51 F3d 777 14545b Anderson v. E Shalala

51 F.3d 777

47 Soc.Sec.Rep.Ser. 400, Unempl.Ins.Rep. (CCH) P 14545B
Clara B. ANDERSON, Appellant,
Donna E. SHALALA, Secretary, Department of Health and Human
Services, Appellee.

No. 94-2896.

United States Court of Appeals,
Eighth Circuit.

Submitted Jan. 13, 1995.
Decided April 6, 1995.

Robert W. Pratt, Des Moines, IA, for appellant.

Gary L. Hayward, Des Moines, IA, for appellee.

Before WOLLMAN, Circuit Judge, LAY, Senior Circuit Judge, and BEAM, Circuit Judge.

WOLLMAN, Circuit Judge.

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Clara B. Anderson appeals from the district court's1 order affirming the decision of the Secretary of Health and Human Services to deny Anderson supplemental security income and disability insurance benefits. We affirm.



Anderson filed her applications for benefits on April 25, 1991, alleging that she became disabled on July 24, 1988, as a result of back and hip problems. The Social Security Administration denied Anderson's applications initially and on reconsideration, whereupon she sought a hearing before an administrative law judge ("ALJ").


Anderson last worked as a dispatcher for a trucking company. She has other relevant work experience as a transportation manager and office manager. Anderson was 42 years old at the time of her August 4, 1992, hearing. In a lengthy, comprehensive opinion, the ALJ determined that although Anderson had demonstrated her inability to return to her past relevant work, the Secretary had met her burden of establishing the existence of other work that Anderson could perform. Accordingly, the ALJ ruled that Anderson was not entitled to benefits. The Appeals Council subsequently denied review, and Anderson filed the instant complaint seeking judicial review.


Anderson has a lengthy history of medical treatment, but the afflictions relevant to this appeal began with an automobile accident in 1985 in which Anderson injured her back and neck. Anderson underwent neck surgery in March 1986 and returned to work. She reinjured herself at work, however, and has not worked since her alleged onset date. After a number of rehabilitative setbacks, Anderson was diagnosed with degenerative disc disease and underwent back surgery in 1989. She subsequently underwent cervical fusion procedures in September 1990 and January 1991.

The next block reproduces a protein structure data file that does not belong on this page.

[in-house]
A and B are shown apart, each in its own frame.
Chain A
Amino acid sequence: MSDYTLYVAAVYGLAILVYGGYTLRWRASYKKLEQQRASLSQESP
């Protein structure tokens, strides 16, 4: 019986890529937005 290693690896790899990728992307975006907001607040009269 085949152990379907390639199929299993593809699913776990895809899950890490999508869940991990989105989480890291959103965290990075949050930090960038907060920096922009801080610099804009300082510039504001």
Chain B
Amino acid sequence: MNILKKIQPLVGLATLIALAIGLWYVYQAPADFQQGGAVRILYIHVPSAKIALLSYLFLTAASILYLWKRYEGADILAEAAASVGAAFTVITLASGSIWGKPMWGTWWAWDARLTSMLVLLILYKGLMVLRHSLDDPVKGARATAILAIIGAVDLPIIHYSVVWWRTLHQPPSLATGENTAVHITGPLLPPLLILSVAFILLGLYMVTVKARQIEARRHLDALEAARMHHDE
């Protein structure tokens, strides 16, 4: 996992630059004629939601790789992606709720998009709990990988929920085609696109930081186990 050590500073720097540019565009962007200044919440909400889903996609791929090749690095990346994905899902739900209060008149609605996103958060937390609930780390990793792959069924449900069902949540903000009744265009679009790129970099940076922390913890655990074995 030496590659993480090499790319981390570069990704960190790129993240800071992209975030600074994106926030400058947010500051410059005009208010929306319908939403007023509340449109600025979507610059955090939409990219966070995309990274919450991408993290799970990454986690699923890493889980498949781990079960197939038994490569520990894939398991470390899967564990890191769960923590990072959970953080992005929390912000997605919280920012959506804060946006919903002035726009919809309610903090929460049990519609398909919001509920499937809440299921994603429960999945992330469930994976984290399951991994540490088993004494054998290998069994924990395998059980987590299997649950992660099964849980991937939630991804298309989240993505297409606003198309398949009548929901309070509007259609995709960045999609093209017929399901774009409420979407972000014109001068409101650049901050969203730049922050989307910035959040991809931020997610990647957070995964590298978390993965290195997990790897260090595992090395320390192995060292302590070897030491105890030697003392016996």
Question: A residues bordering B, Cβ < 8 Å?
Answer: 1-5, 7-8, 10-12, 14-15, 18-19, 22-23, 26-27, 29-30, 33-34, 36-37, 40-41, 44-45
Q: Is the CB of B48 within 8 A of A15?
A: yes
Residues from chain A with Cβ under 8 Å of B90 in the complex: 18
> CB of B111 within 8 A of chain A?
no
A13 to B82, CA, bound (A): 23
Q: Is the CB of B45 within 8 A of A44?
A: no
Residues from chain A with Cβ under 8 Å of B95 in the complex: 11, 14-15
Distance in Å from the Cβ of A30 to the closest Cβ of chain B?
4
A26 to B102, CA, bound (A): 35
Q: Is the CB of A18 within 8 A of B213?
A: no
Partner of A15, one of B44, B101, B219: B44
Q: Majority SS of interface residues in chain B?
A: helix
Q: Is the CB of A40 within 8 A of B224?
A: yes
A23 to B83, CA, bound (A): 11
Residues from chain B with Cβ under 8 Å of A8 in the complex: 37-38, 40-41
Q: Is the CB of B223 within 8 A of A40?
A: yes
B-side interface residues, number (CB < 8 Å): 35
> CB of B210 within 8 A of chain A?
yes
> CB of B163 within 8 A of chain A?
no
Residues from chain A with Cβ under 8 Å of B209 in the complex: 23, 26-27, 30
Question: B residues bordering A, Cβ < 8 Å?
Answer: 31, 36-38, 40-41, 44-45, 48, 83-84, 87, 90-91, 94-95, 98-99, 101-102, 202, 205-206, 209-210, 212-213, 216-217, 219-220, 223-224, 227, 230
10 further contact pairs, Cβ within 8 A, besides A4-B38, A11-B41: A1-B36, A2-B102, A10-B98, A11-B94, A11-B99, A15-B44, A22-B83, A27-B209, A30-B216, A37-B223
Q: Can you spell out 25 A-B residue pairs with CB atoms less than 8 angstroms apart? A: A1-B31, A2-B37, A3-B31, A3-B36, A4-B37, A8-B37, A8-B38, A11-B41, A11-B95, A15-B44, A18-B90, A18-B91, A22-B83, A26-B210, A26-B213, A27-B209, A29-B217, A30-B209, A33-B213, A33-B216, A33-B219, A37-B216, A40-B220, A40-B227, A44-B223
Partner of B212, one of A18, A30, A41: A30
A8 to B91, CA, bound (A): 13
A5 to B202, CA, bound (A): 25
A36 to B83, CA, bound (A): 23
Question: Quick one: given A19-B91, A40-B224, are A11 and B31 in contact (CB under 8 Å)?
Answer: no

Throughout 1990 and 1991, Anderson made a substantial number of trips to the hospital complaining about pervasive headaches, hip pain, numbness in her arms, depression, and other ailments. She received substantial numbers of injections of steroids and pain killers; so much so that her physicians noted that she displayed drug-seeking behavior and had a possible substance abuse problem.


In July 1991, a consultative psychiatric evaluation showed that Anderson suffers from a histrionic personality disorder but that this posed only a slight impairment on her lifestyle and ability to function. In December 1991, Anderson was diagnosed as having a depressive or somatoform disorder. She was treated on a monthly basis from February through June 1992, when she reported being much happier. The medical evidence indicates that Anderson's depression was well controlled with appropriate medication.



Anderson contends that the Secretary's denial of benefits is not supported by substantial evidence on the record as a whole. Anderson also argues that the ALJ failed to properly shift the burden of proof to the Secretary to show that Anderson retained the residual functional capacity ("RFC") to perform any work. Essentially, Anderson claims that because the Secretary failed to produce additional medical evidence of Anderson's RFC, the Secretary failed to meet her burden.

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The Secretary counters that Anderson's RFC was established at the same time as the determination of her inability to perform her past relevant work. Therefore, the Secretary claims that no additional evidence must be adduced supporting Anderson's RFC apart from that already in the record. It was the ALJ's responsibility to determine Anderson's RFC based on all the relevant evidence, including medical records, observations of treating physicians and others, and Anderson's own description of her limitations. 20 C.F.R. Secs. 404.1545-46, 416.945-46. We must determine whether the record presents medical evidence of Anderson's RFC at the time of the hearing. Frankl v. Shalala, 47 F.3d 935, 937-38 (8th Cir.1995). If there is no such evidence, the ALJ's decision "cannot be said to be supported by substantial evidence." Id.